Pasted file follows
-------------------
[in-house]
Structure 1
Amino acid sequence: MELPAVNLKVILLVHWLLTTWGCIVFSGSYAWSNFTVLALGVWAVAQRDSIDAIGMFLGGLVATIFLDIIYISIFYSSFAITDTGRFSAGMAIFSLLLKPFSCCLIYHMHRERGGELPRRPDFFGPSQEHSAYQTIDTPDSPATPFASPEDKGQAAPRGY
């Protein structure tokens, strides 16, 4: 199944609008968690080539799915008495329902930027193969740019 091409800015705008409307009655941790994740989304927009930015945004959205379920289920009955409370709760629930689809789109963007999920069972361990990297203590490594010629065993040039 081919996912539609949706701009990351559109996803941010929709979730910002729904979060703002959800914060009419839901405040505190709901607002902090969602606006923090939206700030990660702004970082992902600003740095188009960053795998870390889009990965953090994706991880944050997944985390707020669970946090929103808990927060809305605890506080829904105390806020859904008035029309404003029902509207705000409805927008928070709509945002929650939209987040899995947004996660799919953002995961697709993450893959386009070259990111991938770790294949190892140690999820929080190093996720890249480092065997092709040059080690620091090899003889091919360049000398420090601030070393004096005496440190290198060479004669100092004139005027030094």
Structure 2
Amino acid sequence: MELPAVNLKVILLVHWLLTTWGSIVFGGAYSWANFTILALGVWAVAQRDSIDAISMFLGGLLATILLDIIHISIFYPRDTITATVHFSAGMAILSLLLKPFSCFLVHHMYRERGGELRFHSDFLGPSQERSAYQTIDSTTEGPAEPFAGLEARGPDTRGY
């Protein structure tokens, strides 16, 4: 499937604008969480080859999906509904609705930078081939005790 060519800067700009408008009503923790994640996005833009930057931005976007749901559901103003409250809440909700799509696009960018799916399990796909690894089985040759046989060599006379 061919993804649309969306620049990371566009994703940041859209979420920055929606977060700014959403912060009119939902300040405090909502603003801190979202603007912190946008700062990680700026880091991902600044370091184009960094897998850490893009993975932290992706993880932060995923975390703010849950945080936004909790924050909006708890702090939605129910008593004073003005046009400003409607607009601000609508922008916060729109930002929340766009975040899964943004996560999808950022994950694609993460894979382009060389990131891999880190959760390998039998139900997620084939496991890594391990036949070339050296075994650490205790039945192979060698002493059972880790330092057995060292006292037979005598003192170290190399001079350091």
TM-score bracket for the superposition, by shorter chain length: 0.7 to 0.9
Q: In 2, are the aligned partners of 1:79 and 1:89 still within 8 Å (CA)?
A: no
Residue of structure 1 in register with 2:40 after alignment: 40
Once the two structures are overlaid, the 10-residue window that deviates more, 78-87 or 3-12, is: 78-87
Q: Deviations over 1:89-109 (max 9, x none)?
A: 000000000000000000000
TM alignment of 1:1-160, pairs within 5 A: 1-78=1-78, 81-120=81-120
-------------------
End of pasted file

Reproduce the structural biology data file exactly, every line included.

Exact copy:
[in-house]
Structure 1
Amino acid sequence: MELPAVNLKVILLVHWLLTTWGCIVFSGSYAWSNFTVLALGVWAVAQRDSIDAIGMFLGGLVATIFLDIIYISIFYSSFAITDTGRFSAGMAIFSLLLKPFSCCLIYHMHRERGGELPRRPDFFGPSQEHSAYQTIDTPDSPATPFASPEDKGQAAPRGY
């Protein structure tokens, strides 16, 4: 199944609008968690080539799915008495329902930027193969740019 091409800015705008409307009655941790994740989304927009930015945004959205379920289920009955409370709760629930689809789109963007999920069972361990990297203590490594010629065993040039 081919996912539609949706701009990351559109996803941010929709979730910002729904979060703002959800914060009419839901405040505190709901607002902090969602606006923090939206700030990660702004970082992902600003740095188009960053795998870390889009990965953090994706991880944050997944985390707020669970946090929103808990927060809305605890506080829904105390806020859904008035029309404003029902509207705000409805927008928070709509945002929650939209987040899995947004996660799919953002995961697709993450893959386009070259990111991938770790294949190892140690999820929080190093996720890249480092065997092709040059080690620091090899003889091919360049000398420090601030070393004096005496440190290198060479004669100092004139005027030094």
Structure 2
Amino acid sequence: MELPAVNLKVILLVHWLLTTWGSIVFGGAYSWANFTILALGVWAVAQRDSIDAISMFLGGLLATILLDIIHISIFYPRDTITATVHFSAGMAILSLLLKPFSCFLVHHMYRERGGELRFHSDFLGPSQERSAYQTIDSTTEGPAEPFAGLEARGPDTRGY
């Protein structure tokens, strides 16, 4: 499937604008969480080859999906509904609705930078081939005790 060519800067700009408008009503923790994640996005833009930057931005976007749901559901103003409250809440909700799509696009960018799916399990796909690894089985040759046989060599006379 061919993804649309969306620049990371566009994703940041859209979420920055929606977060700014959403912060009119939902300040405090909502603003801190979202603007912190946008700062990680700026880091991902600044370091184009960094897998850490893009993975932290992706993880932060995923975390703010849950945080936004909790924050909006708890702090939605129910008593004073003005046009400003409607607009601000609508922008916060729109930002929340766009975040899964943004996560999808950022994950694609993460894979382009060389990131891999880190959760390998039998139900997620084939496991890594391990036949070339050296075994650490205790039945192979060698002493059972880790330092057995060292006292037979005598003192170290190399001079350091």
TM-score bracket for the superposition, by shorter chain length: 0.7 to 0.9
Q: In 2, are the aligned partners of 1:79 and 1:89 still within 8 Å (CA)?
A: no
Residue of structure 1 in register with 2:40 after alignment: 40
Once the two structures are overlaid, the 10-residue window that deviates more, 78-87 or 3-12, is: 78-87
Q: Deviations over 1:89-109 (max 9, x none)?
A: 000000000000000000000
TM alignment of 1:1-160, pairs within 5 A: 1-78=1-78, 81-120=81-120